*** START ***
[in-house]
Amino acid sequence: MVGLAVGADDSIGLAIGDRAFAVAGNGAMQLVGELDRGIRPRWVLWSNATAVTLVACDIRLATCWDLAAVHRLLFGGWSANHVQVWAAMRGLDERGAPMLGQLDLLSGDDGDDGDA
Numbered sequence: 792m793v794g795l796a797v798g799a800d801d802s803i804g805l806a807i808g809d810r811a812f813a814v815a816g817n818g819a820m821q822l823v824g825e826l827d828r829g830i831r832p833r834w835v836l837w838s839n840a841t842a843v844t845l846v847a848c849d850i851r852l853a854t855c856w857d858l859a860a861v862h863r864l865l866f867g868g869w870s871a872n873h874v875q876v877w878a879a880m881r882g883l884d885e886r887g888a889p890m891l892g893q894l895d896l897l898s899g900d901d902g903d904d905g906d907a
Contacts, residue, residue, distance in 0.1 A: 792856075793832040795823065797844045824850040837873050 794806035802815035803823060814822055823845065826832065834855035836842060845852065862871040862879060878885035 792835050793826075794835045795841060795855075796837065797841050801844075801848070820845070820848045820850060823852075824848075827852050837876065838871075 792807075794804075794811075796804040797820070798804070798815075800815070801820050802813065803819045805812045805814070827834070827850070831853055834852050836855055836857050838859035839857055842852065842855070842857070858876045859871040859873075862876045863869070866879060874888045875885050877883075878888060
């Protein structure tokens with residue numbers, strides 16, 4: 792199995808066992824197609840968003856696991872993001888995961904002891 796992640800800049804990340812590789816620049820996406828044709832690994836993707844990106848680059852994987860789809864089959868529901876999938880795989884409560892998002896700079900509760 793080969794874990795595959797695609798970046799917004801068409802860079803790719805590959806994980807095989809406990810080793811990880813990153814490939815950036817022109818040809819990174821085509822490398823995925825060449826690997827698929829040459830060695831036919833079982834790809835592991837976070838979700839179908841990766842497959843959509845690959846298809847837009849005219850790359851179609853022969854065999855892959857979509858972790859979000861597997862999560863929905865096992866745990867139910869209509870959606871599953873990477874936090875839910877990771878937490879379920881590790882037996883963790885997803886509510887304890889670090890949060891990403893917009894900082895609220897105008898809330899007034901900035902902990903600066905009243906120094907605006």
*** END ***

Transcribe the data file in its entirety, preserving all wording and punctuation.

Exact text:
[in-house]
Amino acid sequence: MVGLAVGADDSIGLAIGDRAFAVAGNGAMQLVGELDRGIRPRWVLWSNATAVTLVACDIRLATCWDLAAVHRLLFGGWSANHVQVWAAMRGLDERGAPMLGQLDLLSGDDGDDGDA
Numbered sequence: 792m793v794g795l796a797v798g799a800d801d802s803i804g805l806a807i808g809d810r811a812f813a814v815a816g817n818g819a820m821q822l823v824g825e826l827d828r829g830i831r832p833r834w835v836l837w838s839n840a841t842a843v844t845l846v847a848c849d850i851r852l853a854t855c856w857d858l859a860a861v862h863r864l865l866f867g868g869w870s871a872n873h874v875q876v877w878a879a880m881r882g883l884d885e886r887g888a889p890m891l892g893q894l895d896l897l898s899g900d901d902g903d904d905g906d907a
Contacts, residue, residue, distance in 0.1 A: 792856075793832040795823065797844045824850040837873050 794806035802815035803823060814822055823845065826832065834855035836842060845852065862871040862879060878885035 792835050793826075794835045795841060795855075796837065797841050801844075801848070820845070820848045820850060823852075824848075827852050837876065838871075 792807075794804075794811075796804040797820070798804070798815075800815070801820050802813065803819045805812045805814070827834070827850070831853055834852050836855055836857050838859035839857055842852065842855070842857070858876045859871040859873075862876045863869070866879060874888045875885050877883075878888060
């Protein structure tokens with residue numbers, strides 16, 4: 792199995808066992824197609840968003856696991872993001888995961904002891 796992640800800049804990340812590789816620049820996406828044709832690994836993707844990106848680059852994987860789809864089959868529901876999938880795989884409560892998002896700079900509760 793080969794874990795595959797695609798970046799917004801068409802860079803790719805590959806994980807095989809406990810080793811990880813990153814490939815950036817022109818040809819990174821085509822490398823995925825060449826690997827698929829040459830060695831036919833079982834790809835592991837976070838979700839179908841990766842497959843959509845690959846298809847837009849005219850790359851179609853022969854065999855892959857979509858972790859979000861597997862999560863929905865096992866745990867139910869209509870959606871599953873990477874936090875839910877990771878937490879379920881590790882037996883963790885997803886509510887304890889670090890949060891990403893917009894900082895609220897105008898809330899007034901900035902902990903600066905009243906120094907605006």